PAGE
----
NCR moving 300 jobs to West Columbia
NCR moving 300 jobs to West Columbia
Consolidation also will cost plant about 100 positions
By JOE GUY COLLIER Staff Writer
NCR Corp. plans to nearly double within a year its employee base in West
Columbia, where the company has 330 positions.
As part of a company move to consolidate operations, NCR, a Dayton, Ohio,-based
technology firm, will be moving 100 jobs out of West Columbia in one division
and moving in more than 300 in another division.
The jobs leaving West Columbia will be largely product developers in NCR's
Teradata Division, which focuses on helping companies manage large amounts of
The jobs moving into West Columbia primarily will be customer support engineers
in the Retail and Financial Group, providing technical assistance for products.
Jobs at customer service centers in Atlanta and St. Paul, Minn., are expected
to be transferred to West Columbia. Overall, NCR plans to cut 600 to 700
employees in its 14,000-person customer service division as it consolidates
The timetable for expansion isn't set, but NCR spokesman John Hourigan said the
company expects to have about 600 employees in West Columbia within a year. The
expansion would be a combination of new jobs and jobs moved from other
locations, he said.
The move represents the company's commitment to maintain a strong presence in
the Midlands, he said. NCR first put a facility here in 1974.
"We've been here for more than 25 years," Hourigan said. "Columbia continues to
play an important role in the company's operations."
Al Quick, a former general manager for NCR's West Columbia operations, said
he's glad to see the company adding jobs, but the move does create a loss for
Quick, now president and chief executive officer of West Columbia-based
KryoTech, was one of NCR's first employees in West Columbia and oversaw the
site from 1984 to 1987.
NCR hit its height in the Midlands in the late 1980s and early 1990s with more
than 1,000 employees and has been on the decline ever since.
The West Columbia operations distinguished itself in the 1980s by developing
advanced computers and systems, Quick said.
Many of these developers went on to start their own technology firms in the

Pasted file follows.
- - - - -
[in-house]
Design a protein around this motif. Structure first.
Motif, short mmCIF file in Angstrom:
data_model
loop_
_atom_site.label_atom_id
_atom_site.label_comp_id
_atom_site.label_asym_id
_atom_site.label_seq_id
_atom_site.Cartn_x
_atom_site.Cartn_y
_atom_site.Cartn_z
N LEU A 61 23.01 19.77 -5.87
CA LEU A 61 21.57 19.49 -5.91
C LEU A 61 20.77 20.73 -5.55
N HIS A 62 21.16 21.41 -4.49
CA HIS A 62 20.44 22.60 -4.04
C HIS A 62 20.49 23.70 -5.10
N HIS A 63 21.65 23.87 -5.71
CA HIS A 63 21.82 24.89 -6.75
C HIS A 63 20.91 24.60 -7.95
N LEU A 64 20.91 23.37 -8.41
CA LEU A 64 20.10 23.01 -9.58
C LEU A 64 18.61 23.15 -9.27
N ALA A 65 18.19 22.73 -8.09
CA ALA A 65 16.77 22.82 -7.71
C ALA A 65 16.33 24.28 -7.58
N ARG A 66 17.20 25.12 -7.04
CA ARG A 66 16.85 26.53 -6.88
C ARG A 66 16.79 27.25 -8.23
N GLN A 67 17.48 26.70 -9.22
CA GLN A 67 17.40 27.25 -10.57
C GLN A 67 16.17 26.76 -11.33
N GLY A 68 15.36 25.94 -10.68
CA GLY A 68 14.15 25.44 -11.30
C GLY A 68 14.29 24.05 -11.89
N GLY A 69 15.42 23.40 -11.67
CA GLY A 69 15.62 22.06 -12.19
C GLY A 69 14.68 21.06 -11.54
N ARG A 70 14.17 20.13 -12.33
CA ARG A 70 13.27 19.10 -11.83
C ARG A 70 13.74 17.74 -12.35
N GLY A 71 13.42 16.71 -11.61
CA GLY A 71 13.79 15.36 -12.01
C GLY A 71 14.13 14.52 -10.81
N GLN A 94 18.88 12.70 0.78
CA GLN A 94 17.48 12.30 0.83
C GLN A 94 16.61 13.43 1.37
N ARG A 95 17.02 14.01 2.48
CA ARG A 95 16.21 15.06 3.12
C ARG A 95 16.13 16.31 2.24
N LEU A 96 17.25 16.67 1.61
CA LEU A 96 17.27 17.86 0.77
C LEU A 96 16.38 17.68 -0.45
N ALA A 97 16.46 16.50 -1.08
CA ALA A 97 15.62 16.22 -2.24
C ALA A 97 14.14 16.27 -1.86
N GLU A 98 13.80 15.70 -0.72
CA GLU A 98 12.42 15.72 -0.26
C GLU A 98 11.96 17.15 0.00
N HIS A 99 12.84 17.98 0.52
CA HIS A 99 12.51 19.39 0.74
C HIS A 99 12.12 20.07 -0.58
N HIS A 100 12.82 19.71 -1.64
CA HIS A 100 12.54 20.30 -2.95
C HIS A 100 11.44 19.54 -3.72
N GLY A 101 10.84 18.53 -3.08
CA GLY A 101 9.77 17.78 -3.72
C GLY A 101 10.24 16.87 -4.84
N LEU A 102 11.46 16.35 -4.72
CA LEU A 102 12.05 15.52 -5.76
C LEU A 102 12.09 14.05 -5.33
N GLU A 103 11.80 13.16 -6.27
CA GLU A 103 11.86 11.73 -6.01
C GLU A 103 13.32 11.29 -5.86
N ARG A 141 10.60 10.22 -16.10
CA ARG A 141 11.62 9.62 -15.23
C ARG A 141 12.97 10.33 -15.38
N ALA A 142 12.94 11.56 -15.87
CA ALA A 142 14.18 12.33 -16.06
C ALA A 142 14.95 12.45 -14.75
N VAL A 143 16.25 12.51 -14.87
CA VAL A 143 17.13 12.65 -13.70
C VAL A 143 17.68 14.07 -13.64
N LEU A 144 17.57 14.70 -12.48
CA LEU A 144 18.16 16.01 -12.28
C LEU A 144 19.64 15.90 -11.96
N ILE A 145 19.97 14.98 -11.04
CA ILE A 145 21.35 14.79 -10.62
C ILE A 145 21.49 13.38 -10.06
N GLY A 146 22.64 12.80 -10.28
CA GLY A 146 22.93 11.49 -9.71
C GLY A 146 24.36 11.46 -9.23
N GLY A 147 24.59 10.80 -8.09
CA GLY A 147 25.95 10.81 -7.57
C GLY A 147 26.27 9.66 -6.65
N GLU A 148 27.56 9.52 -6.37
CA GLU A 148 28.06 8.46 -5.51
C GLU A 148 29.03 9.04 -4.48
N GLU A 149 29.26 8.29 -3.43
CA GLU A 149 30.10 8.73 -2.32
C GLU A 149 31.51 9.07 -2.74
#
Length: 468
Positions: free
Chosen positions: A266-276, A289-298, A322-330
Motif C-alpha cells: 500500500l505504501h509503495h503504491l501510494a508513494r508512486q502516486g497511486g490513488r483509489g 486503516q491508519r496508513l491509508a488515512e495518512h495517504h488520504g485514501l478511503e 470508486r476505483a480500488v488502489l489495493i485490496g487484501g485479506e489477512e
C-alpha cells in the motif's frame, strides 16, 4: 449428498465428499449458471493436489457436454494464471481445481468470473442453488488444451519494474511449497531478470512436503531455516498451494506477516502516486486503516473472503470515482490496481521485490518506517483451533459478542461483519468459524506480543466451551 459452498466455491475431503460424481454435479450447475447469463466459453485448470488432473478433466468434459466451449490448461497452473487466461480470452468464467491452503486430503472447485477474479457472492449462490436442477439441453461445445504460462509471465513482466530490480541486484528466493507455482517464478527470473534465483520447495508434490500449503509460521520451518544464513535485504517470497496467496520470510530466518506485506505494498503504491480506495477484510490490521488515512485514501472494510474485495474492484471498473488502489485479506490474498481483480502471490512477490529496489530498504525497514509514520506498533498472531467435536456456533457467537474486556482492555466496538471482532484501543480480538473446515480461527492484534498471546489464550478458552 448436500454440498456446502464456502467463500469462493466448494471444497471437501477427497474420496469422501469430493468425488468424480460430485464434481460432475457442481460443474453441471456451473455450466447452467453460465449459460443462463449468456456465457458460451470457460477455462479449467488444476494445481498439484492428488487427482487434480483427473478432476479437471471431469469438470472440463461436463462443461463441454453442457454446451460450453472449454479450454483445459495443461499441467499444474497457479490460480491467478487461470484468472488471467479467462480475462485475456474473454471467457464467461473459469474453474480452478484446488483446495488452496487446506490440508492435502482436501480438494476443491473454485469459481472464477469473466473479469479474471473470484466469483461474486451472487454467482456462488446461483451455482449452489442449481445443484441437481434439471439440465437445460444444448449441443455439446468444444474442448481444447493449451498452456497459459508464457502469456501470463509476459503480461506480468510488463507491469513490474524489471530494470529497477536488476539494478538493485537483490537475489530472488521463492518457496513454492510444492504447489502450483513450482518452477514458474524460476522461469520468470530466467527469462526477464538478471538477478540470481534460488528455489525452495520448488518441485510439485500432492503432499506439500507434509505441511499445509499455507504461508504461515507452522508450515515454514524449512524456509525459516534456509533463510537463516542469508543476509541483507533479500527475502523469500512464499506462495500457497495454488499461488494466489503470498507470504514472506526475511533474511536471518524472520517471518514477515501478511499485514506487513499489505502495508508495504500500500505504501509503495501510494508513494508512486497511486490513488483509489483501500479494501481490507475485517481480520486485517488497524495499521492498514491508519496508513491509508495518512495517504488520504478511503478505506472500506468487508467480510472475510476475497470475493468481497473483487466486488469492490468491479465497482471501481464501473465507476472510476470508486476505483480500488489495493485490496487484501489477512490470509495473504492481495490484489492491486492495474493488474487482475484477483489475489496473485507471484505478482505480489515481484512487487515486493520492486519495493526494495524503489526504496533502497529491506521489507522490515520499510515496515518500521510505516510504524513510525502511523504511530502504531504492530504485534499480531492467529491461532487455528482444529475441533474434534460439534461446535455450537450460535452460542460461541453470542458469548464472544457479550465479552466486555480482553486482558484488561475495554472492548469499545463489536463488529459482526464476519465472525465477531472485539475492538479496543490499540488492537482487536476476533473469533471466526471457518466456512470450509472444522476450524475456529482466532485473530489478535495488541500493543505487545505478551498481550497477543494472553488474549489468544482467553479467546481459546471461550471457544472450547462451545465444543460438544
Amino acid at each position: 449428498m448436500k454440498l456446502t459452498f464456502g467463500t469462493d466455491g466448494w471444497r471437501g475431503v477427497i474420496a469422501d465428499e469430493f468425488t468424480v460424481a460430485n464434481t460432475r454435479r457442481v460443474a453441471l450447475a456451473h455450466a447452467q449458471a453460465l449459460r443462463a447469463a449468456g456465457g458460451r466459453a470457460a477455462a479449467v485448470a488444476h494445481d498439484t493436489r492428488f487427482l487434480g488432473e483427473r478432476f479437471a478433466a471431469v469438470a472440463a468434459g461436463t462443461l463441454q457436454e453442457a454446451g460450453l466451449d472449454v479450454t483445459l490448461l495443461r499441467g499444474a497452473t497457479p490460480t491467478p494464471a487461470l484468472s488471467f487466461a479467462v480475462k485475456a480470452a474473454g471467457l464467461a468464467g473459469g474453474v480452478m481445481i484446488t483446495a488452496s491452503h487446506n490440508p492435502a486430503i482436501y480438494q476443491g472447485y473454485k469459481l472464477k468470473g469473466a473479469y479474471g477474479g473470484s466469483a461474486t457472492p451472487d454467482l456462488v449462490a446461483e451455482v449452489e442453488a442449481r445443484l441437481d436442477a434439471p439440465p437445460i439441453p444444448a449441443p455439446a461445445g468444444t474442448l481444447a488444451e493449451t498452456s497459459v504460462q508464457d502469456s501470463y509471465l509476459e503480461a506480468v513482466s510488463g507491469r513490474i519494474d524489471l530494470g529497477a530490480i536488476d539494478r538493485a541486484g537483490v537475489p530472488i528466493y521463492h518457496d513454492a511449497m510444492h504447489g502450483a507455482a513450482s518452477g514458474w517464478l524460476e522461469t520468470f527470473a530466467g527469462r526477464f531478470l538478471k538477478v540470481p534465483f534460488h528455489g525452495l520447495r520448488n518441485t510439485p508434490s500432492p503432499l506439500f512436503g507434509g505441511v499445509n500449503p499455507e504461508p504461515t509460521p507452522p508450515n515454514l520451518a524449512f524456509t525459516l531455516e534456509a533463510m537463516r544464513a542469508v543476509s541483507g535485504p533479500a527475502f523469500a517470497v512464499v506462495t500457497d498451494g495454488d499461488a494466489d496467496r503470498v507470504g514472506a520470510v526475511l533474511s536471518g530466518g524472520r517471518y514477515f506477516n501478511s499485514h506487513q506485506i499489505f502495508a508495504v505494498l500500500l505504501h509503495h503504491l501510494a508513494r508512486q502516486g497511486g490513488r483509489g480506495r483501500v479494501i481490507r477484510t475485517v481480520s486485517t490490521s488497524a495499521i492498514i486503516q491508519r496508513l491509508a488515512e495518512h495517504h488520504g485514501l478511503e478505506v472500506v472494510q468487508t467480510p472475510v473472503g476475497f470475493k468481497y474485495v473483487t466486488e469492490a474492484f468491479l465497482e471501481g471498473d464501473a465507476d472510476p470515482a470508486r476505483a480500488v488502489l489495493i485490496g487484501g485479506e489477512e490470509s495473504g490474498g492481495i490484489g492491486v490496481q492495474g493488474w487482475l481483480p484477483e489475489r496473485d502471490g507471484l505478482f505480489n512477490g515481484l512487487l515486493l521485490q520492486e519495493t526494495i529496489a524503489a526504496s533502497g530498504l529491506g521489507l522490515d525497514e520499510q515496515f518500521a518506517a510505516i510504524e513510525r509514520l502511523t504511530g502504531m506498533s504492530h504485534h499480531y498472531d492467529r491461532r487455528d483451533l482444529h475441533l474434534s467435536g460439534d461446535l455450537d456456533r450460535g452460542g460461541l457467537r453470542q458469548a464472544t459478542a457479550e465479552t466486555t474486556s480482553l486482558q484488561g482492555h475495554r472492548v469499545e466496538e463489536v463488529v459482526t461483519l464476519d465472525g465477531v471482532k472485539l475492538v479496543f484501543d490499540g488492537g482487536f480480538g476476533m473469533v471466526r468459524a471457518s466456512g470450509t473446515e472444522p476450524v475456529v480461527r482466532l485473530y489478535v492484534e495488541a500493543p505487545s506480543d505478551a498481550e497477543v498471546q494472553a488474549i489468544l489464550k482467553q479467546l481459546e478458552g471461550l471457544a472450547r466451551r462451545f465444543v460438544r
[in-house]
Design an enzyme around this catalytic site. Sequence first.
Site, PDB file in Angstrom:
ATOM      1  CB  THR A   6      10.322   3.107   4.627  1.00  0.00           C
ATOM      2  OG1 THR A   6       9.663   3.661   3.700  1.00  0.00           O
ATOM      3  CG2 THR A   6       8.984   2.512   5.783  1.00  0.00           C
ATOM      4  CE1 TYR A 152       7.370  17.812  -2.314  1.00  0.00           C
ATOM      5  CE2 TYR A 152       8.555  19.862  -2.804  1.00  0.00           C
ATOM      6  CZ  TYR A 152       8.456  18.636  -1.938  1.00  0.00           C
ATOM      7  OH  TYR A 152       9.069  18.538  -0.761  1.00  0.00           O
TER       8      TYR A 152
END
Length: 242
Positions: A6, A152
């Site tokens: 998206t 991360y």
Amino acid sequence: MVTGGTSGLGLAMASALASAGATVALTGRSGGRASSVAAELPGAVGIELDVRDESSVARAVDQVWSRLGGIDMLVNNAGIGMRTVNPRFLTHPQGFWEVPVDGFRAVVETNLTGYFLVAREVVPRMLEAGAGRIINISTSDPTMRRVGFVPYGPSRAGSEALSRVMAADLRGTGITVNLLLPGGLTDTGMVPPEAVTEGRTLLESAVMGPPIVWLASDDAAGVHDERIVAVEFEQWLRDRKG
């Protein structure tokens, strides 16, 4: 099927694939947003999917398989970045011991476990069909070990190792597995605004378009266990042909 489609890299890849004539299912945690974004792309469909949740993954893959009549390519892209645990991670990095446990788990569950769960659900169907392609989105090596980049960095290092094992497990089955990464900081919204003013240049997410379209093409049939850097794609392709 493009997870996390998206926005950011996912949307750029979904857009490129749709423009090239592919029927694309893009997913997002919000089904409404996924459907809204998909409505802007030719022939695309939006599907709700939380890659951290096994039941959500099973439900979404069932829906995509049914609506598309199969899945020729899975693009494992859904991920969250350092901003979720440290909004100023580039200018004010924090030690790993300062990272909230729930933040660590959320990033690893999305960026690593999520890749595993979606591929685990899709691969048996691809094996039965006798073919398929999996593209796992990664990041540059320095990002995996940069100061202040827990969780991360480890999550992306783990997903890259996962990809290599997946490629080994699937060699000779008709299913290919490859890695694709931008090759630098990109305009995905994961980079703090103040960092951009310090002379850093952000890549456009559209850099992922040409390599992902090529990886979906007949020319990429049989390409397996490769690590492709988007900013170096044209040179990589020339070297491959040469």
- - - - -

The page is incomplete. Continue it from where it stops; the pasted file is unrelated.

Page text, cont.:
Columbia area. KryoTech, Conita, Renaissance, MicroStaff, VC3 and the iVista
Group were all started by former NCR software or hardware developers.
The last remnants of the development side will be leaving with the
consolidation. The 100 positions in the Teradata Division will be moved to
either El Segundo or San Diego, Calif.
"It's bad from a technology standpoint," Quick said. "I think all they'll be
doing now (in West Columbia) is answering telephone calls. They won't be
developing new products."
But David Dunn, a former NCR employee and president and chief executive officer
of Columbia-based VC3, said the news was positive.
The employees at NCR's customer support still require a high-level of technical
skill and may even be a more reliable source of employment, he said.
Products, and their product development teams, can get cut, Dunn said. Product
support doesn't go away, he said.
"I view the news as a long-term commitment to Columbia," Dunn said. "It should
be a good, stable place for talent."
While not developers, Hourigan said the positions to be added will be technical
jobs. NCR's customer support is not a typical call center, he said.
The support personnel, for example, may be called on to fix a complex computer
system for Wal-Mart, Hourigan said.
The Worldwide Customer Services division, which is headed by Senior Vice
President Gerry Gagliardi in Dayton, provides a range of information technology
services: supporting and maintaining NCR software and hardware, designing,
installing and maintaining computer networks and maintaining computer equipment
made by other companies.
The expansion in West Columbia also may come in other areas in the Retail and
Financial Group, which includes NCR's automated teller machine, point of scale
scanner and system media units.
The 100 employees being moved to California also may fit into some of the new
positions, Hourigan said.
Joe Guy Collier covers technology, telecommunications and utilities. He can be
reached at (803) 771-8307 or by fax at (803) 771-8480 or e-mail,